A longer look at coal country from the air
My story on the inescapability of coal, and how governments, scientists, and companies in the U.S. and China are trying to head off coal-borne climate disaster, is now online here. But, as always, it's better in print, and print keeps us in business, so please subscribe!
As often seems to happen in a project this complex, I'm aware of at least two details about which I'll need to clarify my explanation. Specifics on those some time later today. This kind of rapid-update function is where the web is a help.
Thanks to my colleagues Sullivan and Green for their notes about the story; and to Alexis Madrigal, for his detailed explanation of how "mountaintop-removal" coal mining (MTR) looks when you see it from relatively low altitude in a small airplane. He also has a don't-miss map of how far the the largest West Virginia "MTR" mines would extend if overlaid on Washington DC.
On his site Alexis has posted a video that Jennie Rothenberg Gritz edited, with conversation between the two of us and some brief clips of the mines as seen from the air. If you're interested in longer, "B-Roll" footage from our overflight, see the clip below. Starting at about time 3:00 (of a 10 minute clip), you will see what Alexis Madrigal was recording as we flew over some of the most extensive MTR areas of southern West Virginia. (The earlier part shows our approach to some of the most heavily mined areas, and the clip opens with one very stark mine.)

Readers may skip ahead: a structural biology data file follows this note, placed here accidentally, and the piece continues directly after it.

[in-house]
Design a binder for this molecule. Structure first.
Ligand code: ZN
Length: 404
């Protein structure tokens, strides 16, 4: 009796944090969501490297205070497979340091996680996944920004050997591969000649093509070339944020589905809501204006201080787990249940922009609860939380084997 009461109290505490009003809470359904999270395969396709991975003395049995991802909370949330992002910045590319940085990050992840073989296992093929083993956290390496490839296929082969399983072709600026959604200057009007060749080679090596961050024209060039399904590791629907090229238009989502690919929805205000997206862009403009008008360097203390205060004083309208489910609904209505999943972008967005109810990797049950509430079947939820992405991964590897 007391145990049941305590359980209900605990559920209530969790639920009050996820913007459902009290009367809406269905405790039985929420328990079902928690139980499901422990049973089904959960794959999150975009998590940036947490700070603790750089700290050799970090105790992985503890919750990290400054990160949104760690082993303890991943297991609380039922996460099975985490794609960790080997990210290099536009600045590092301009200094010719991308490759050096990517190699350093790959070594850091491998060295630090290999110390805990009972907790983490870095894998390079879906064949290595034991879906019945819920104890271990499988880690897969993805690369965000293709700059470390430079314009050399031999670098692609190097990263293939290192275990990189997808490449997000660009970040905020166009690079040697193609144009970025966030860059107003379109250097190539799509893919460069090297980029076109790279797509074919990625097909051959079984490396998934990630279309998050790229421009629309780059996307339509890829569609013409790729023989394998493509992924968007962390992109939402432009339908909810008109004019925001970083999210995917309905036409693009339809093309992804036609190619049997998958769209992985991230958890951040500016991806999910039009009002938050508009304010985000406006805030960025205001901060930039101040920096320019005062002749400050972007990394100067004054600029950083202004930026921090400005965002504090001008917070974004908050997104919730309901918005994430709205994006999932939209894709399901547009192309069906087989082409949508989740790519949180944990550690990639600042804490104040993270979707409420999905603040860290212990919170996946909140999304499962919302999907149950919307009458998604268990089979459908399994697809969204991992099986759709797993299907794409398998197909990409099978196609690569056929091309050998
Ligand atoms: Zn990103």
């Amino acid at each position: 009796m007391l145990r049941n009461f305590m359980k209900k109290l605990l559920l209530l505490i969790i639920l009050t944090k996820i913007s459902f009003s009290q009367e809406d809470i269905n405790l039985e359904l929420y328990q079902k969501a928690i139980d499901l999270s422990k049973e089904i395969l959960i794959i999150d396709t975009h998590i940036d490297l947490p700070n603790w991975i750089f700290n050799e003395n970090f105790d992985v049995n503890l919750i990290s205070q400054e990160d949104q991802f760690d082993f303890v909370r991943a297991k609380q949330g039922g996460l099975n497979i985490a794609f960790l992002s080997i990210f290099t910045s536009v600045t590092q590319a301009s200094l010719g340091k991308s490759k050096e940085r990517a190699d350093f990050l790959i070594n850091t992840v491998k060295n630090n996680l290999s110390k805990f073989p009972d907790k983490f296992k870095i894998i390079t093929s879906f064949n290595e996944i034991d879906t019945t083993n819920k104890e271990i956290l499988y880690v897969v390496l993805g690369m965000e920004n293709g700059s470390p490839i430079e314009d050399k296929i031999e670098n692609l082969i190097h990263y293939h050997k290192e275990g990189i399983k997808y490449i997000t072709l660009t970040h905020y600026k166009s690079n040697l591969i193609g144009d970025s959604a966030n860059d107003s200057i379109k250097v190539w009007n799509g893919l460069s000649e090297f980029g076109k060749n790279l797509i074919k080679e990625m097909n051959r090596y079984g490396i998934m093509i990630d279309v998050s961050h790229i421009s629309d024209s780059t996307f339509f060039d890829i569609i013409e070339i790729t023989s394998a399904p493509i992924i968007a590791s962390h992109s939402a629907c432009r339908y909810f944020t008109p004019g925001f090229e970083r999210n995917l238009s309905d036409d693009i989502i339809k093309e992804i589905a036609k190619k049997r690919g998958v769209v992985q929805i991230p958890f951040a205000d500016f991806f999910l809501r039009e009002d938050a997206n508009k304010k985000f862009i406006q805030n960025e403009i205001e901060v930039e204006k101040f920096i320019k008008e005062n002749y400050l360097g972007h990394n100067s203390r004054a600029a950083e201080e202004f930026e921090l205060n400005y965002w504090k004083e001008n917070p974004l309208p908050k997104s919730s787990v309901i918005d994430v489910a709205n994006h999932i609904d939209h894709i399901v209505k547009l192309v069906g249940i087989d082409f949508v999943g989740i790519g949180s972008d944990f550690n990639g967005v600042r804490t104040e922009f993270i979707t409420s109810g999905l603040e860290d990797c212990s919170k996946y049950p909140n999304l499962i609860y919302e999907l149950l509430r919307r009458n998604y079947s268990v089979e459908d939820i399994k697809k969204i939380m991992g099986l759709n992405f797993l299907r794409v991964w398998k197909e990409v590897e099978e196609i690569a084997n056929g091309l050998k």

The chatter you hear in this clip is byplay between me and Alexis over the plane's intercom, as we try to match the areas we've marked on maps with what we're seeing below us. You will soon figure out that not all of it was uttered with a potential audience (outside the plane) in mind. You'll also hear discussion about bumpiness and winds--we'd decided not to fly the preceding day, when the winds over the Appalachians were very strong with resulting whitewater-style turbulence in the air. Even though winds were much lighter on the day of our trip, the bumps were enough to show up in the video and to be a theme of discussion.
Nonetheless, if you watch for a minute or two (again, starting around 3:00), you'll have a sense of the scale of these marks on the earth. As Alexis Madrigal says in his post:
>>Coal is the land in some places. When you mine it from the surface, the land is just gone, hence the name "mountaintop-removal" coal mining.<<